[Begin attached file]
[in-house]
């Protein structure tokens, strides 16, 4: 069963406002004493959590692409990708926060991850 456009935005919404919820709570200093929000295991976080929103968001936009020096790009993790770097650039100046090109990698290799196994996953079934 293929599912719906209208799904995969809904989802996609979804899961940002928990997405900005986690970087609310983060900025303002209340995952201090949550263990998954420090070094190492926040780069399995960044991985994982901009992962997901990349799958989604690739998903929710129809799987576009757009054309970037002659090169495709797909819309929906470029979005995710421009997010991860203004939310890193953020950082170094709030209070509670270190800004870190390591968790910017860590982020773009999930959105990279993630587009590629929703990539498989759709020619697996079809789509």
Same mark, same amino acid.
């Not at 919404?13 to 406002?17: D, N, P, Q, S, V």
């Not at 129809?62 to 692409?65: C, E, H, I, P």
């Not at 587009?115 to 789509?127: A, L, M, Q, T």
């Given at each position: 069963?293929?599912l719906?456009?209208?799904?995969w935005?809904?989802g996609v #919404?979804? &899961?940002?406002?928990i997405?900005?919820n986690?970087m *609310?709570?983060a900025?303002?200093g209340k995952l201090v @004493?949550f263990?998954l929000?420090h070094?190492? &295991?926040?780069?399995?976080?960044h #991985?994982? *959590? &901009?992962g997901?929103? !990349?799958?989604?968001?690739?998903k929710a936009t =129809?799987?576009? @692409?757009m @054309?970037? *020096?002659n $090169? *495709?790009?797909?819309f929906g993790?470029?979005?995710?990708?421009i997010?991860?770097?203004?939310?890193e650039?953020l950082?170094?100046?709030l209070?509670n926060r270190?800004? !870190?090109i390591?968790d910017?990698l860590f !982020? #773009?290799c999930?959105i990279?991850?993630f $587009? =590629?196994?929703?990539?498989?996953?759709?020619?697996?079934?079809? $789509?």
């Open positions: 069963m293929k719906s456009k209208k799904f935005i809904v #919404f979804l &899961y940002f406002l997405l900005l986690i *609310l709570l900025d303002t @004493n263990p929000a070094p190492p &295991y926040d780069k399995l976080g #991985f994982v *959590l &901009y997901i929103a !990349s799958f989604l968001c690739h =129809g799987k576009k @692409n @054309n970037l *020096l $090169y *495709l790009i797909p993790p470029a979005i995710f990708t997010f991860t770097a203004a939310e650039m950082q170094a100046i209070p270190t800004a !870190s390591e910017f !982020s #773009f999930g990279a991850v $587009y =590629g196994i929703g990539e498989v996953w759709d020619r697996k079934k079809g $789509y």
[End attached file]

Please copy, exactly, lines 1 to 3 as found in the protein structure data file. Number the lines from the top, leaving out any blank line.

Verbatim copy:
[in-house]
């Protein structure tokens, strides 16, 4: 069963406002004493959590692409990708926060991850 456009935005919404919820709570200093929000295991976080929103968001936009020096790009993790770097650039100046090109990698290799196994996953079934 293929599912719906209208799904995969809904989802996609979804899961940002928990997405900005986690970087609310983060900025303002209340995952201090949550263990998954420090070094190492926040780069399995960044991985994982901009992962997901990349799958989604690739998903929710129809799987576009757009054309970037002659090169495709797909819309929906470029979005995710421009997010991860203004939310890193953020950082170094709030209070509670270190800004870190390591968790910017860590982020773009999930959105990279993630587009590629929703990539498989759709020619697996079809789509």
Same mark, same amino acid.